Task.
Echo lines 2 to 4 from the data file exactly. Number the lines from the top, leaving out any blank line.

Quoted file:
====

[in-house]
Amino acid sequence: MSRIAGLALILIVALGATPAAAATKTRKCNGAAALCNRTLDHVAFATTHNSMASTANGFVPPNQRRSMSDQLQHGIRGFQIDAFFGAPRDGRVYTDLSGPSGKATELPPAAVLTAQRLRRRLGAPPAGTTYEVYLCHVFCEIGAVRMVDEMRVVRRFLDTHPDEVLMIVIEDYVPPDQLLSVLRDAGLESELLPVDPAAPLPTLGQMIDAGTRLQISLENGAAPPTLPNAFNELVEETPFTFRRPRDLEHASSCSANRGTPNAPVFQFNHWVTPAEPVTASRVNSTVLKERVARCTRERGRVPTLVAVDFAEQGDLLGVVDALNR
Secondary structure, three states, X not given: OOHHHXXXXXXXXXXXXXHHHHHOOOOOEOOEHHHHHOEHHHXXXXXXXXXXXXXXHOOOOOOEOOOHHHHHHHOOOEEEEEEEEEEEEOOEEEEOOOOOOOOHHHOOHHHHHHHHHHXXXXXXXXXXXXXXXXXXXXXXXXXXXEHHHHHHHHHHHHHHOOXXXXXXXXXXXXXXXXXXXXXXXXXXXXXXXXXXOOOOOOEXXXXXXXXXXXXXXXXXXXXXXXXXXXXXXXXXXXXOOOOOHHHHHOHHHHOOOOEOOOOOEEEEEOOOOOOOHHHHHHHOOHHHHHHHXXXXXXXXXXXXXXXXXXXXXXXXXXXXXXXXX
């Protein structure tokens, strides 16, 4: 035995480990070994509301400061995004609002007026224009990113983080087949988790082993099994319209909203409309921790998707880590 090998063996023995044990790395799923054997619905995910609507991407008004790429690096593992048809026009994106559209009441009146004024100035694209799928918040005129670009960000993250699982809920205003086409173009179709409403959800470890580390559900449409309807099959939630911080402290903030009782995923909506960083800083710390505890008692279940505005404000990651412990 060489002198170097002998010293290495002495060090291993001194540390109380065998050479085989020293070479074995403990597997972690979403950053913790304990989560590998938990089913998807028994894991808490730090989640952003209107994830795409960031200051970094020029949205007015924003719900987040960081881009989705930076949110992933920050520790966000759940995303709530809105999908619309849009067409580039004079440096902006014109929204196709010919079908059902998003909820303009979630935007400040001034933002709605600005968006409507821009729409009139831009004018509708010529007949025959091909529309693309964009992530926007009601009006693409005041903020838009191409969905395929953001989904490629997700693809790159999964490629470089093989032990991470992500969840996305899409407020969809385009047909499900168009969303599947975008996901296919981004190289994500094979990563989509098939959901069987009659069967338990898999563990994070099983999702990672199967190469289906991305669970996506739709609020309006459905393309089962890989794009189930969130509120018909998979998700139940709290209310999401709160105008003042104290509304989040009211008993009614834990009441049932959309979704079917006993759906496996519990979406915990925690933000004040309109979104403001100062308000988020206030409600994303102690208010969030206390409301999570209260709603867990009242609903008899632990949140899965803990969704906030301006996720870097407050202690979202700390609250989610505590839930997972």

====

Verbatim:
Amino acid sequence: MSRIAGLALILIVALGATPAAAATKTRKCNGAAALCNRTLDHVAFATTHNSMASTANGFVPPNQRRSMSDQLQHGIRGFQIDAFFGAPRDGRVYTDLSGPSGKATELPPAAVLTAQRLRRRLGAPPAGTTYEVYLCHVFCEIGAVRMVDEMRVVRRFLDTHPDEVLMIVIEDYVPPDQLLSVLRDAGLESELLPVDPAAPLPTLGQMIDAGTRLQISLENGAAPPTLPNAFNELVEETPFTFRRPRDLEHASSCSANRGTPNAPVFQFNHWVTPAEPVTASRVNSTVLKERVARCTRERGRVPTLVAVDFAEQGDLLGVVDALNR
Secondary structure, three states, X not given: OOHHHXXXXXXXXXXXXXHHHHHOOOOOEOOEHHHHHOEHHHXXXXXXXXXXXXXXHOOOOOOEOOOHHHHHHHOOOEEEEEEEEEEEEOOEEEEOOOOOOOOHHHOOHHHHHHHHHHXXXXXXXXXXXXXXXXXXXXXXXXXXXEHHHHHHHHHHHHHHOOXXXXXXXXXXXXXXXXXXXXXXXXXXXXXXXXXXOOOOOOEXXXXXXXXXXXXXXXXXXXXXXXXXXXXXXXXXXXXOOOOOHHHHHOHHHHOOOOEOOOOOEEEEEOOOOOOOHHHHHHHOOHHHHHHHXXXXXXXXXXXXXXXXXXXXXXXXXXXXXXXXX
């Protein structure tokens, strides 16, 4: 035995480990070994509301400061995004609002007026224009990113983080087949988790082993099994319209909203409309921790998707880590 090998063996023995044990790395799923054997619905995910609507991407008004790429690096593992048809026009994106559209009441009146004024100035694209799928918040005129670009960000993250699982809920205003086409173009179709409403959800470890580390559900449409309807099959939630911080402290903030009782995923909506960083800083710390505890008692279940505005404000990651412990 060489002198170097002998010293290495002495060090291993001194540390109380065998050479085989020293070479074995403990597997972690979403950053913790304990989560590998938990089913998807028994894991808490730090989640952003209107994830795409960031200051970094020029949205007015924003719900987040960081881009989705930076949110992933920050520790966000759940995303709530809105999908619309849009067409580039004079440096902006014109929204196709010919079908059902998003909820303009979630935007400040001034933002709605600005968006409507821009729409009139831009004018509708010529007949025959091909529309693309964009992530926007009601009006693409005041903020838009191409969905395929953001989904490629997700693809790159999964490629470089093989032990991470992500969840996305899409407020969809385009047909499900168009969303599947975008996901296919981004190289994500094979990563989509098939959901069987009659069967338990898999563990994070099983999702990672199967190469289906991305669970996506739709609020309006459905393309089962890989794009189930969130509120018909998979998700139940709290209310999401709160105008003042104290509304989040009211008993009614834990009441049932959309979704079917006993759906496996519990979406915990925690933000004040309109979104403001100062308000988020206030409600994303102690208010969030206390409301999570209260709603867990009242609903008899632990949140899965803990969704906030301006996720870097407050202690979202700390609250989610505590839930997972």